In today’s world, the existence of nation states arose out of the Westphalian Peace Treaty, 1648 agreed upon among the warring countries in Europe primarily to honour each other’s boundary and non-interference in internal affairs. Following that trend and traditions the concept of nation state has gained a sanctimonious status with the expansion of colonial powers throughout the world. But, after the end of colonial rules in different parts of the world, particularly in the end of WW-II, different nation states came out with the bag and baggage of colonial legacy with not much defined and demarcated boundary of states. India is no exception after gaining independence and the transfer of power through the Indian Independence Act, 1947 from the colonial British rule.
With the independence, India also got the legacy of an undemarcated boundary, particularly with China. As a part of the ‘Great Game’ in the Indian subcontinent before independence, independent India got different demarcation lines with respect to the boundary like Ardagh-Johnson Line (1865/1897), Macartney-MacDonald Line, 1899, McMahon Line, 1914 and other boundary lines.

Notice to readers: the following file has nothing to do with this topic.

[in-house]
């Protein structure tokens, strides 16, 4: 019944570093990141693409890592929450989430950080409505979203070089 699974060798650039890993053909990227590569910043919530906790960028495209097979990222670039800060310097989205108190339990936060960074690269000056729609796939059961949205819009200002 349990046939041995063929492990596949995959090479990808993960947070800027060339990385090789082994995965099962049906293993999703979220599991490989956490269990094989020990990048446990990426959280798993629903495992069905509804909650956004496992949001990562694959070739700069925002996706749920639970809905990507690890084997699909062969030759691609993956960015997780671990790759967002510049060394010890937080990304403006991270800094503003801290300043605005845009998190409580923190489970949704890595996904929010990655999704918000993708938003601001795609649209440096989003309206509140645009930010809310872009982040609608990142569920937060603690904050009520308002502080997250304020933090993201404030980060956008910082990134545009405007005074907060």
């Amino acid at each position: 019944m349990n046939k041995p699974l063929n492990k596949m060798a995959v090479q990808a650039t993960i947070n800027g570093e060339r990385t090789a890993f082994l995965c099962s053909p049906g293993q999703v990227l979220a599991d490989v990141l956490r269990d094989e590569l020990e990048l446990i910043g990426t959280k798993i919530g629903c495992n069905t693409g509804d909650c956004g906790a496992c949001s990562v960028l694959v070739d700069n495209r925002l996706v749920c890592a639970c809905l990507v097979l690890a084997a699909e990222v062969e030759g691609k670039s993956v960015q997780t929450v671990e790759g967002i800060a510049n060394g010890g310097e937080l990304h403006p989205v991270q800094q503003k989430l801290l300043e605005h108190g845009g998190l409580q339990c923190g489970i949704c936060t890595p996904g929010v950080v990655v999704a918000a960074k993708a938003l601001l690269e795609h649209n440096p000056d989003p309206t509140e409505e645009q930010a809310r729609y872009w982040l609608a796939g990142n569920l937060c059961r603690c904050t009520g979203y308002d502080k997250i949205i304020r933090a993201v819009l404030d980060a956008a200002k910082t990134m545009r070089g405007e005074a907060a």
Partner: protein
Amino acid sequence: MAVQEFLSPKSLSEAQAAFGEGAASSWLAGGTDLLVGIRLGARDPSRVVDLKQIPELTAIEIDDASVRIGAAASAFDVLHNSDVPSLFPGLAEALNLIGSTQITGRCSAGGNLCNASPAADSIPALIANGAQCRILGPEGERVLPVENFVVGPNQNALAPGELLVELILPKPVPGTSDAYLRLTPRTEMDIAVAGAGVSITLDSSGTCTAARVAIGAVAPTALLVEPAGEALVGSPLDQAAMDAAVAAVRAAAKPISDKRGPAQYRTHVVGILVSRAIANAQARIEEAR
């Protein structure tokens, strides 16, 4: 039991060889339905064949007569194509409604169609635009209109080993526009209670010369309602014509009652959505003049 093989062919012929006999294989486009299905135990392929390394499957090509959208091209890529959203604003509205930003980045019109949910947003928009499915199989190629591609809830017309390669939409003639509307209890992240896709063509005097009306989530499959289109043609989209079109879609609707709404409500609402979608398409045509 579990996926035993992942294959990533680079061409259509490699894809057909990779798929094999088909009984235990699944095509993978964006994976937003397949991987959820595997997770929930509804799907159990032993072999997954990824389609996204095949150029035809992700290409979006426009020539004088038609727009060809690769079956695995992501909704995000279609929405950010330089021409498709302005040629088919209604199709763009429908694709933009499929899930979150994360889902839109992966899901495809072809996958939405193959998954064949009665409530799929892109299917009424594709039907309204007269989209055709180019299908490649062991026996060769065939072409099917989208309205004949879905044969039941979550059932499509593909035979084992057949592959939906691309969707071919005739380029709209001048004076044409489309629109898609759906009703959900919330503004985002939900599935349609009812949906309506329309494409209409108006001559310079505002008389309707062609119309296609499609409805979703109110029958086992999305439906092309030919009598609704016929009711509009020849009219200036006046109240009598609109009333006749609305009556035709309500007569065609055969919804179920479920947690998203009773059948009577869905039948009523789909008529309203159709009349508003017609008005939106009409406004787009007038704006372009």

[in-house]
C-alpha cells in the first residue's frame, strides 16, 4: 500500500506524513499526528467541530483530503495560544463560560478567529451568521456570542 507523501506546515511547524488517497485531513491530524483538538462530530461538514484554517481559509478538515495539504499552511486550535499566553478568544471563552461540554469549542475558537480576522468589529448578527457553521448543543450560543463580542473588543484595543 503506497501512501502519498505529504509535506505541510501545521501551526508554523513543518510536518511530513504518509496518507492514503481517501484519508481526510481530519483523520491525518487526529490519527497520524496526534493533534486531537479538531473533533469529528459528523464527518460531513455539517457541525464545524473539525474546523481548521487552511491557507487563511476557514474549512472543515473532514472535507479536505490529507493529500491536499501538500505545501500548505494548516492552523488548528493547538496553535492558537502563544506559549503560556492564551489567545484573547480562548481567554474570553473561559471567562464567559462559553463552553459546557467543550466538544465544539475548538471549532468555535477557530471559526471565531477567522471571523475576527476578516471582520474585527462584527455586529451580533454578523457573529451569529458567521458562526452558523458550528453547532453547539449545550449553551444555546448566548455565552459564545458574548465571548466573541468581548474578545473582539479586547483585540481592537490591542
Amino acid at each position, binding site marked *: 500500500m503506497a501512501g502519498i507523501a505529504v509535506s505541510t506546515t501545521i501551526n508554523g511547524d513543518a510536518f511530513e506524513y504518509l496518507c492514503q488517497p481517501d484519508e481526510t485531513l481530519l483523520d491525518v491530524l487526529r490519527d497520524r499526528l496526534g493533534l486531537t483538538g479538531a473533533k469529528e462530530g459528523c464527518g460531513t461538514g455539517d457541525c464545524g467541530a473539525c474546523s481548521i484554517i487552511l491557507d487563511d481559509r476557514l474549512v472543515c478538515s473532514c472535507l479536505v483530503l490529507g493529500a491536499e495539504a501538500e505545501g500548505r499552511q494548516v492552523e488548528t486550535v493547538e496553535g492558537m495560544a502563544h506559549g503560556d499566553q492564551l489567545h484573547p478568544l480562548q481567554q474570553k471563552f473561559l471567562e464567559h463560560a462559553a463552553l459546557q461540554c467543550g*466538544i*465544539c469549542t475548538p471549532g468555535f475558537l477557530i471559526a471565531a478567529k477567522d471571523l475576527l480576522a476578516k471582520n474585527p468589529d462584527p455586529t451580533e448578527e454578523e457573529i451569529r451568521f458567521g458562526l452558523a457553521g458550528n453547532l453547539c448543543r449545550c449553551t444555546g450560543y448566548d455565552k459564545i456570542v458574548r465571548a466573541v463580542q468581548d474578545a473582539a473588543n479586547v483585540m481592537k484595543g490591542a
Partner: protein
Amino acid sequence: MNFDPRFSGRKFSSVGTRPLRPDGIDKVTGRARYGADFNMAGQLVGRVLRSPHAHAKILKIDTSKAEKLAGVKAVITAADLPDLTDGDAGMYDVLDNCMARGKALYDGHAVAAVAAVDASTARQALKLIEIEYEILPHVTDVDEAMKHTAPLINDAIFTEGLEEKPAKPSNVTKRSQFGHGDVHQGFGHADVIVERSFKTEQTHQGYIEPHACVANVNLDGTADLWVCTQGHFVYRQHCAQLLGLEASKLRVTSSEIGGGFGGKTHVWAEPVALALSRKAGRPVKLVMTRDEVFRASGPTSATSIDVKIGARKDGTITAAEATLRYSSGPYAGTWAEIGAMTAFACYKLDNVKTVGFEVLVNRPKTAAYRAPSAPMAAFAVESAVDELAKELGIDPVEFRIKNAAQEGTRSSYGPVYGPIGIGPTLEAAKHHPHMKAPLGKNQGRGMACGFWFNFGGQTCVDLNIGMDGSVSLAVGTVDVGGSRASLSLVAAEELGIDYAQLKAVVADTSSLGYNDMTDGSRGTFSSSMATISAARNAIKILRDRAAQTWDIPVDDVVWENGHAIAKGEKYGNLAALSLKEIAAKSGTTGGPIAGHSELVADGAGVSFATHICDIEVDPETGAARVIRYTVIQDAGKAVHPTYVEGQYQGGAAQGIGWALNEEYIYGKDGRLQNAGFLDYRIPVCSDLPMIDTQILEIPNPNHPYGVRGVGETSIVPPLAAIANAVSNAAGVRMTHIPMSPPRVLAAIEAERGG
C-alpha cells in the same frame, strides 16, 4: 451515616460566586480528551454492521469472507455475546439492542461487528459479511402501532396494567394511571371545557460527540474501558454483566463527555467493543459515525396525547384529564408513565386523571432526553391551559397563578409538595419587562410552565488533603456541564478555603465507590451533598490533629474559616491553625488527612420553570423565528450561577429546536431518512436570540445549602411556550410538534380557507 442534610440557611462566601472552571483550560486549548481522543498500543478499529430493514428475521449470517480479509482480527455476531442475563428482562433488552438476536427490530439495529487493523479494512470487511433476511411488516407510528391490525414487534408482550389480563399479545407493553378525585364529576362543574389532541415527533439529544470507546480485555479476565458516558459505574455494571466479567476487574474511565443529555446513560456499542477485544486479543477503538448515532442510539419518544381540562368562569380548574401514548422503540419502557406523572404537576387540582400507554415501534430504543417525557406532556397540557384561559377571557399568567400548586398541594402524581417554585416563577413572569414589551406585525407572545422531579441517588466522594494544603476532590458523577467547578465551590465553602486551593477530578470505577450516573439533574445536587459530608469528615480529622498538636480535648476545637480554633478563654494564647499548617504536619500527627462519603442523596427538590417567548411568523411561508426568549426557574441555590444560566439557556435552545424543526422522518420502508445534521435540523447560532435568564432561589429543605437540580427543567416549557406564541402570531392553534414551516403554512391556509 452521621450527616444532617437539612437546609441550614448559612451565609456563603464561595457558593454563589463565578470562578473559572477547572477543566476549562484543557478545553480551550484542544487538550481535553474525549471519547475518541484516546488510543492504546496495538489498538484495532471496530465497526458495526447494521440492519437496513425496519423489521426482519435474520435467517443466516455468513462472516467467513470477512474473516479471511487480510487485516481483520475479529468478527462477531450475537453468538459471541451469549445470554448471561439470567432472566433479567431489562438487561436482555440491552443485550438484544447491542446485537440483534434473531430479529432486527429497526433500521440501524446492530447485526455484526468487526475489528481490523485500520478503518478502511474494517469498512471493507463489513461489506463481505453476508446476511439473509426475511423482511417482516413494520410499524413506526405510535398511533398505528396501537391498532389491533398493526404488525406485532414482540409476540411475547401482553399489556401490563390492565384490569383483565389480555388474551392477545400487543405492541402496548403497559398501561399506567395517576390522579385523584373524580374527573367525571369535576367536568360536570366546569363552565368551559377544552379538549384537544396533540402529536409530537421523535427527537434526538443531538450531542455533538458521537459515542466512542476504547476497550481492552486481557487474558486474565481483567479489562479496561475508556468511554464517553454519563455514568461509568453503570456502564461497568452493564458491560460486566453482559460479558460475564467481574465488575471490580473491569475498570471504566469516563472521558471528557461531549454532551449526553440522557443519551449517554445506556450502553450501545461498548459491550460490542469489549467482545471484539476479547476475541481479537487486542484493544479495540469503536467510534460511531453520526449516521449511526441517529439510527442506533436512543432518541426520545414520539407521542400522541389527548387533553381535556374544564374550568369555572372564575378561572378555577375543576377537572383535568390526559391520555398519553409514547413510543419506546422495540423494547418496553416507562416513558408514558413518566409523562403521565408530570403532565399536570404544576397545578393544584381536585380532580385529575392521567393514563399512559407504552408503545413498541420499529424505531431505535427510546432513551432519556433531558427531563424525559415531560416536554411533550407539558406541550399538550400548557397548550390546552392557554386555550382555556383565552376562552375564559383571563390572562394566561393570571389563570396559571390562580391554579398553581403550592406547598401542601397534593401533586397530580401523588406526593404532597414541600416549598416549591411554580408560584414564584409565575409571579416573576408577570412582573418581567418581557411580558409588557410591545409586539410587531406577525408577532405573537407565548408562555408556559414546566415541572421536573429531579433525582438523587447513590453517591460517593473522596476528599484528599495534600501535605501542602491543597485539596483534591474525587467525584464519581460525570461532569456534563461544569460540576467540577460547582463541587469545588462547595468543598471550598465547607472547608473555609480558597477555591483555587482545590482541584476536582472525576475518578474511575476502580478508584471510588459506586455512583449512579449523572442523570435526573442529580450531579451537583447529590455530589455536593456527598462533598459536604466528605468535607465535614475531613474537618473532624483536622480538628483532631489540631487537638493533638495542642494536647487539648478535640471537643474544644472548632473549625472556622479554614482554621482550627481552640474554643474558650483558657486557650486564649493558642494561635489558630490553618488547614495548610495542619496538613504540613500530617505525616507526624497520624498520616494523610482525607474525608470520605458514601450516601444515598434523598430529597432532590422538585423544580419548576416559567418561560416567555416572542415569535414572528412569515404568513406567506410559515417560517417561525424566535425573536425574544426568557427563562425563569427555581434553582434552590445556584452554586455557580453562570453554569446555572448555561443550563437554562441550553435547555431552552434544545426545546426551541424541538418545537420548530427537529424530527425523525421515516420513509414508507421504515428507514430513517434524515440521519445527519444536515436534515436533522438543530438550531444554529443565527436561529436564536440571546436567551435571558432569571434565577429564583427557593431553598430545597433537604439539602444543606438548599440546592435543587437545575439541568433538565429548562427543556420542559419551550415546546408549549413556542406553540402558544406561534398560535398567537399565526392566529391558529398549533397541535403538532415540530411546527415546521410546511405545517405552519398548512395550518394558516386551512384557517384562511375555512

Indian State and Boundary
The subcontinental Bharatvarsha got her independence after the ghastly Partition of India as per the Mountbatten Plan and the Radcliffe Lines had demarcated the boundaries between India and Pakistan. Except Pakistan and China, India has almost sealed both the mutually agreed land and water boundaries with her neighbours. Of course, Nepal has now opened a new front in boundary disputes in Kalapani areas, which was under the control of the East India Company as per the ‘Sugauli Treaty’ between the company and the King of the then Nepal in 1816. Nonetheless the border disputes with Pakistan and China have been more grievous than other boundaries. Here we have two border lines, one LoC- the Line of Control between India and Pakistan demarcated by the militaries, and the other LAC- the Line of Actual Control between India and China. Unfortunately, LAC is not demarcated, and it consists of a vast empty space. Not only that Pakistan has ceded illegally a large chunk of PoK to China through the so-called Sino-Pakistan Boundary Agreement, 1963 contravening the international conventions.